From the archives: Tempers flared during wartime transit strike

From the archives: Tempers flared during wartime transit strike
From the archives: Tempers flared during wartime transit strike

Craig St. tramway terminus at what is now St. Antoine and St. Urbain Sts., circa 1932. Société de transport de Montréal

This story was first published on April 1, 2002, in the Montreal Gazette.

Far-reaching disruptions and hobbling of industrial, commercial and general community life resulted yesterday from the complete suspension of street car and bus services throughout the Montreal area. Up to a late hour last night, there were no signs of any abatement of the tie-up today. … Main through-streets were black with people walking to work well into the morning.

Gazette, Tuesday, March 30, 1943

The authorities, right up to the federal cabinet in Ottawa, were alarmed. A long-brewing strike had paralyzed Montreal Tramways, the company that ran the city’s transit system. Montreal was Canada’s industrial powerhouse, and if men and women could not get to work, the war effort would be seriously compromised. Major employers like Canadian Car and Foundry, Noorduyn Aviation, Northern Electric, Montreal Locomotive Works and Canadian Marconi, now converted to producing war material, were every bit a part of Franklin Roosevelt’s “great arsenal of democracy,” no less than their counterparts in the United States.

Yet workers in Montreal were restive, squeezed by a rising cost of living and conscious of the better pay that men and women got in neighbouring Ontario. In 1942 and 1943, there would be strikes at the Vickers shipyard, at Canadian Pacific’s Angus shops and at the huge Canadair aircraft plant. Distillery workers, tobacco workers, shoe-factory workers, even bank tellers would walk; so would Montreal’s police, firefighters and blue-collar workers.

The March transit strike lasted scarcely 48 hours and hinged on what seems in retrospect a trifle: which union should be exclusive bargaining agent for the employees. Membership in the Canadian Brotherhood of Railway Employees had been growing, but the company refused to budge from a 1940 understanding with an affiliate of the American Federation of Labour.

Doubtless because the strike didn’t last long, tempers didn’t especially fray. Violence on the picket lines was minor, and injuries were few. Even the inevitable confrontations between non-striking workers who wanted to roll out the buses and trams and CBRE workers who didn’t want to let them often had an air of comedy. Consider our report of an incident on St. Denis St. when a “gang of wrestlers” tried to get in among strikers blocking the tram they were in.

“We are not a gang of wrestlers,” interrupted a well-known figure in local small-time wrestling circles.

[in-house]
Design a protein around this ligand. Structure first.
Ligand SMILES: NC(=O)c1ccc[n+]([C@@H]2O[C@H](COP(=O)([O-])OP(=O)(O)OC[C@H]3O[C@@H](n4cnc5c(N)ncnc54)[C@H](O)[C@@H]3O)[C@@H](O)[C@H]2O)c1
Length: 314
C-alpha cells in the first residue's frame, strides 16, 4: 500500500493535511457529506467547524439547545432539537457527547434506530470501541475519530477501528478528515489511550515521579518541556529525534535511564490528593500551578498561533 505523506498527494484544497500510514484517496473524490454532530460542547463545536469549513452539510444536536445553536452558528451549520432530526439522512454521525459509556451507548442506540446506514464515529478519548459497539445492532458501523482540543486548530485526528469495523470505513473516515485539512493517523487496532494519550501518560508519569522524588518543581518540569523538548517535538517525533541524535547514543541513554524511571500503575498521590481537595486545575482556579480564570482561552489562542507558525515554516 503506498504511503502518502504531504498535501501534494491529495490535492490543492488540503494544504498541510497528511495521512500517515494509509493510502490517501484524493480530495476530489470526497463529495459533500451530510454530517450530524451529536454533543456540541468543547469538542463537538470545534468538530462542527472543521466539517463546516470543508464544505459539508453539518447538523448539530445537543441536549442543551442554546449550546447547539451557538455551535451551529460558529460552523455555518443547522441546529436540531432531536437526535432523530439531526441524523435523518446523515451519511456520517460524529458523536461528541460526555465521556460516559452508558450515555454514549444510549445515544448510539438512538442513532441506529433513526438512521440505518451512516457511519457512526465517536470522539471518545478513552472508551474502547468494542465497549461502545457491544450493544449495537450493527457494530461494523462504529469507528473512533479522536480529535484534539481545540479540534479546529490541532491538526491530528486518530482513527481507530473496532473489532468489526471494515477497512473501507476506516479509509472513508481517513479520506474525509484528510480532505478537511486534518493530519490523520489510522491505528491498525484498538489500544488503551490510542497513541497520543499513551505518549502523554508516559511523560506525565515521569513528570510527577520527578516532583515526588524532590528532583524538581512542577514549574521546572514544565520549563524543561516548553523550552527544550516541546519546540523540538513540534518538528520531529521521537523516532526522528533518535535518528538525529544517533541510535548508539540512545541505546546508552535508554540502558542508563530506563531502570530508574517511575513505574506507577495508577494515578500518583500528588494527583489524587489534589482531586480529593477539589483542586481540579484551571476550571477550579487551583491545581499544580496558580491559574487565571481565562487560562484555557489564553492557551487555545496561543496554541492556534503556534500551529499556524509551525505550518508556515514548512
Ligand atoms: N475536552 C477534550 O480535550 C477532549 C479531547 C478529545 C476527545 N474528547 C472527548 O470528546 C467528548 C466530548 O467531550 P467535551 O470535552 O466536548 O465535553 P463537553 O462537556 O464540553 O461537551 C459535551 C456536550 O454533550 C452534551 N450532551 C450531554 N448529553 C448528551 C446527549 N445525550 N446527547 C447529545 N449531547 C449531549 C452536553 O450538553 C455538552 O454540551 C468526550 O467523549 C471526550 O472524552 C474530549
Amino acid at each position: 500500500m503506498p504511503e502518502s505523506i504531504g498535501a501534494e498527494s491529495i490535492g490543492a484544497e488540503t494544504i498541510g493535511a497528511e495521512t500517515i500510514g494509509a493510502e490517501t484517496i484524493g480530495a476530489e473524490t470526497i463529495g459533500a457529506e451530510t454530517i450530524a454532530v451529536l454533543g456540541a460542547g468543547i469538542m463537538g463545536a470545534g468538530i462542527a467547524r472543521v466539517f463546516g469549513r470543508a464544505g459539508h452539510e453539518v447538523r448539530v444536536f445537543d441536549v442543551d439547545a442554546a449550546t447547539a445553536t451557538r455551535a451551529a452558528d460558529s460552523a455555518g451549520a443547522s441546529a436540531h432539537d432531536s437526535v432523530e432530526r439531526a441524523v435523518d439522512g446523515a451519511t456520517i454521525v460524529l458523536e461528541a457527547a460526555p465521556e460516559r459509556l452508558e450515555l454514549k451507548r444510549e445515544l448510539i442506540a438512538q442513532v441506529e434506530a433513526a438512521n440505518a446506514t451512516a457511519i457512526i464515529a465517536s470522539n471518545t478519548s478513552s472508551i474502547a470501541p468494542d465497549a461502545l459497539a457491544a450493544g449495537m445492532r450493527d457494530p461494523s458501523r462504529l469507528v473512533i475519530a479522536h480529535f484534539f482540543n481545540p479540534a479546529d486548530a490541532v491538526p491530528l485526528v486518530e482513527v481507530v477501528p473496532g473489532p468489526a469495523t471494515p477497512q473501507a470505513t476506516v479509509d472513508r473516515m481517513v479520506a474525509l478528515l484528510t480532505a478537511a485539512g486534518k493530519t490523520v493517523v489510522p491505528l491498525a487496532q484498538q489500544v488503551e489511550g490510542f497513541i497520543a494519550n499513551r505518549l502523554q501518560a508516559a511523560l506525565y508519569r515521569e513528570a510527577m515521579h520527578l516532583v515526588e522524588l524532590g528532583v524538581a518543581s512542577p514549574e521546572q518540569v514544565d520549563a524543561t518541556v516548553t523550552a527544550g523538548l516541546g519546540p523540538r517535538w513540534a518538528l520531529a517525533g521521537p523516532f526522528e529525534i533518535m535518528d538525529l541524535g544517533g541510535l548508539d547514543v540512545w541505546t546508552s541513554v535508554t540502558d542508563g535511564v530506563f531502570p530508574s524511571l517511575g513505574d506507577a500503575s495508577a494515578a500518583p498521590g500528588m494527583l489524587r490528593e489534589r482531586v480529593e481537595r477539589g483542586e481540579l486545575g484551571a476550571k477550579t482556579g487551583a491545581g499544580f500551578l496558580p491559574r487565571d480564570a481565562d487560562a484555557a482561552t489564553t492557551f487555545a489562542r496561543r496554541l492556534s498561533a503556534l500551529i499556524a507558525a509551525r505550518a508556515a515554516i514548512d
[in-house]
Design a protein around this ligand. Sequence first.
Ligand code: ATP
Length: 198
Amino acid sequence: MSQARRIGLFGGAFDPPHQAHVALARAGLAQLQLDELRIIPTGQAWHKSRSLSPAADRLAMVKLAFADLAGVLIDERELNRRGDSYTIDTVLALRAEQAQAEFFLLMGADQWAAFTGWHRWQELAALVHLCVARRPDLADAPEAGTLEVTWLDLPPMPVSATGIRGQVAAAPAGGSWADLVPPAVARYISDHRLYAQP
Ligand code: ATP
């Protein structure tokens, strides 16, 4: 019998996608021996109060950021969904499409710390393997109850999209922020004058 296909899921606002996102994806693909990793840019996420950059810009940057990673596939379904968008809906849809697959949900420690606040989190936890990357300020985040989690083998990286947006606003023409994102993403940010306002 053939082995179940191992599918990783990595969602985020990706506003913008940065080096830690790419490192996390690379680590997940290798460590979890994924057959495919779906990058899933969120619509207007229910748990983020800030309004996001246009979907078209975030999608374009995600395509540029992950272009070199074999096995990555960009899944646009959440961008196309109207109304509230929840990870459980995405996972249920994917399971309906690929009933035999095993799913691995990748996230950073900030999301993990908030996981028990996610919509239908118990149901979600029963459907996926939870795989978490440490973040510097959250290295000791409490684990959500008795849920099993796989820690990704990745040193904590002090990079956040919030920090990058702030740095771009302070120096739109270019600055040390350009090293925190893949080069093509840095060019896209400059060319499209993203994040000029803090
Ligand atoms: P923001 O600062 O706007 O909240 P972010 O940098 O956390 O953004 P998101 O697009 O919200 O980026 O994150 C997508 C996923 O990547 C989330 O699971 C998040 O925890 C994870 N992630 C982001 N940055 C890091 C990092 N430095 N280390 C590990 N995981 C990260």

“What are you?” asked the police officer.

“I am, but they are not. They are just my gang. Why hurt wrestling that way?”

“Oh, shut up, before you get thrown into that crowd,” one of the policemen muttered before allowing the “little, lump-eared wrestler” to go.

Good humour could also be seen among the company’s more regular passengers. Many were able to take private buses and trucks shuttling between the war factories and central drop-off points. Others tried cycling: “Homeward-bound on Dorchester west, a well-dressed gentleman of about 50 – complete with Homburg and cane – pedalled sedately on a brand-new bicycle, so new, in fact, that the sales tag was still attached to the handlebars across which the executive-looking gentleman had carefully placed his cane.” Even more adventurously, a janitor at Pepsi-Cola hitched three dogs to a makeshift buggy and drove in 12 miles from Montreal North to work.

Thousands, however, either had to walk or forget about work completely. There were far fewer private cars in those days, and in any event, strict fuel rationing was in effect. But those cars in evidence generally stopped for hitchhikers – especially, The Gazette noted, if they were of the right sex: “Women workers got a priority on lifts from autoists, most observers reported. Girls who started walking from Outremont saw a steady stream of men wending their way down Park Ave., walking in the middle of the road on the car tracks. Girls who kept to the sidewalk got rides by motor cars.”

Not everyone was so sanguine. The Gazette’s editorial page wanted the War Measures Act imposed, and one J.D. Peters wrote a letter to the editor calling on Ottawa to show some gumption by calling on “a few veterans … with fixed bayonets and live ammunition” to force the transit workers back to their jobs.

Ottawa was certainly concerned but chose a less volatile solution, waiting just a day before flying in the noted labour lawyer H. Carl Goldenberg to conciliate. And surely indicating the fundamentally trivial nature of the dispute, Goldenberg had a deal overnight. Even though the strike was illegal, he “had to face the facts as they were. … In a democracy, the will of the majority must prevail.” The CBRE had most of the company’s workers and so would be declared the victor.

The Gazette was furious. Goldenberg’s statement was “one of the most casuistic … ever put out by a person acting in an official capacity.” The 1940 agreement had been pushed aside by the dire urgency of the war situation, weak governmental and civil authority and the “Brown Shirt tactics” of the CBRE. “If the settlement of this strike is evidence of a new kind of Democracy,” we thundered, “then Canada wants none of it.”

That concern, however intemperate, had substance. Goldenberg’s solution was aimed simply at restoring service quickly; issues like wage hikes were put off to another day. Sure enough, the March transit strike was not the only one that troubled year, and after a later walkout lasting 11 days, it was not a lightning visit from Ottawa that was finally needed but emergency legislation by Parliament.


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